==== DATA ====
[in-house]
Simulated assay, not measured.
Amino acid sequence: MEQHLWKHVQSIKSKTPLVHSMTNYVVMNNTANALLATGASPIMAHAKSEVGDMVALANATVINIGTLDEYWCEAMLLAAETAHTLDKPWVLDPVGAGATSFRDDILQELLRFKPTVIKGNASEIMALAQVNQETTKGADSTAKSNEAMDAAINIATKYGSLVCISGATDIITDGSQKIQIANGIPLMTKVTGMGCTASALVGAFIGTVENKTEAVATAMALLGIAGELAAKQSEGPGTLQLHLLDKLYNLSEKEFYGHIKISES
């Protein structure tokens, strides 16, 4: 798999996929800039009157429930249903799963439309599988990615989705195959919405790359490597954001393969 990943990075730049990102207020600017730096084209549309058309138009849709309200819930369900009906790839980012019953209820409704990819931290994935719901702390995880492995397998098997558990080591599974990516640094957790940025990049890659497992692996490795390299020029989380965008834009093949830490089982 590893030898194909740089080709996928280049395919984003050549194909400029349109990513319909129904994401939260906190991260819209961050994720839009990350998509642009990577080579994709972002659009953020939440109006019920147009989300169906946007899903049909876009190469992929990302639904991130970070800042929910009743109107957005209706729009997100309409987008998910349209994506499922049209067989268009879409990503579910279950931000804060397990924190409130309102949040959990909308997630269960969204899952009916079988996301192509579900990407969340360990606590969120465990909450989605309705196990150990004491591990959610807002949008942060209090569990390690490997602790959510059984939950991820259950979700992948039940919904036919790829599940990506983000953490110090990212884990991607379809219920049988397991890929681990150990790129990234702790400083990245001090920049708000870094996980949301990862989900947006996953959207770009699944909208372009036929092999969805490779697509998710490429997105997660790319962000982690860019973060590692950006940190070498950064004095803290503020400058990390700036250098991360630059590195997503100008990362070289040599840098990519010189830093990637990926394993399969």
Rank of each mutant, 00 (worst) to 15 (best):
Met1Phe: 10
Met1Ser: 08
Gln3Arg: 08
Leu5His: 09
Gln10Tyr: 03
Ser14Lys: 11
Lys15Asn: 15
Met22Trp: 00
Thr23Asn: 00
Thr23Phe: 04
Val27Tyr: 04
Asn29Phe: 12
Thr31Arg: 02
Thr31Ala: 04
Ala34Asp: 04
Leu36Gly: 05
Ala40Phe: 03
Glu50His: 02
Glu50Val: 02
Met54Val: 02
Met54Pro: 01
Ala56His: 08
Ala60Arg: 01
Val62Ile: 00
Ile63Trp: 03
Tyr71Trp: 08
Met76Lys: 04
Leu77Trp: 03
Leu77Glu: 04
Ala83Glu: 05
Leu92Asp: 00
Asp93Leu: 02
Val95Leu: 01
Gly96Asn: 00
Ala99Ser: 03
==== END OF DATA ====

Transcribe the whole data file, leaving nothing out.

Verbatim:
[in-house]
Simulated assay, not measured.
Amino acid sequence: MEQHLWKHVQSIKSKTPLVHSMTNYVVMNNTANALLATGASPIMAHAKSEVGDMVALANATVINIGTLDEYWCEAMLLAAETAHTLDKPWVLDPVGAGATSFRDDILQELLRFKPTVIKGNASEIMALAQVNQETTKGADSTAKSNEAMDAAINIATKYGSLVCISGATDIITDGSQKIQIANGIPLMTKVTGMGCTASALVGAFIGTVENKTEAVATAMALLGIAGELAAKQSEGPGTLQLHLLDKLYNLSEKEFYGHIKISES
């Protein structure tokens, strides 16, 4: 798999996929800039009157429930249903799963439309599988990615989705195959919405790359490597954001393969 990943990075730049990102207020600017730096084209549309058309138009849709309200819930369900009906790839980012019953209820409704990819931290994935719901702390995880492995397998098997558990080591599974990516640094957790940025990049890659497992692996490795390299020029989380965008834009093949830490089982 590893030898194909740089080709996928280049395919984003050549194909400029349109990513319909129904994401939260906190991260819209961050994720839009990350998509642009990577080579994709972002659009953020939440109006019920147009989300169906946007899903049909876009190469992929990302639904991130970070800042929910009743109107957005209706729009997100309409987008998910349209994506499922049209067989268009879409990503579910279950931000804060397990924190409130309102949040959990909308997630269960969204899952009916079988996301192509579900990407969340360990606590969120465990909450989605309705196990150990004491591990959610807002949008942060209090569990390690490997602790959510059984939950991820259950979700992948039940919904036919790829599940990506983000953490110090990212884990991607379809219920049988397991890929681990150990790129990234702790400083990245001090920049708000870094996980949301990862989900947006996953959207770009699944909208372009036929092999969805490779697509998710490429997105997660790319962000982690860019973060590692950006940190070498950064004095803290503020400058990390700036250098991360630059590195997503100008990362070289040599840098990519010189830093990637990926394993399969």
Rank of each mutant, 00 (worst) to 15 (best):
Met1Phe: 10
Met1Ser: 08
Gln3Arg: 08
Leu5His: 09
Gln10Tyr: 03
Ser14Lys: 11
Lys15Asn: 15
Met22Trp: 00
Thr23Asn: 00
Thr23Phe: 04
Val27Tyr: 04
Asn29Phe: 12
Thr31Arg: 02
Thr31Ala: 04
Ala34Asp: 04
Leu36Gly: 05
Ala40Phe: 03
Glu50His: 02
Glu50Val: 02
Met54Val: 02
Met54Pro: 01
Ala56His: 08
Ala60Arg: 01
Val62Ile: 00
Ile63Trp: 03
Tyr71Trp: 08
Met76Lys: 04
Leu77Trp: 03
Leu77Glu: 04
Ala83Glu: 05
Leu92Asp: 00
Asp93Leu: 02
Val95Leu: 01
Gly96Asn: 00
Ala99Ser: 03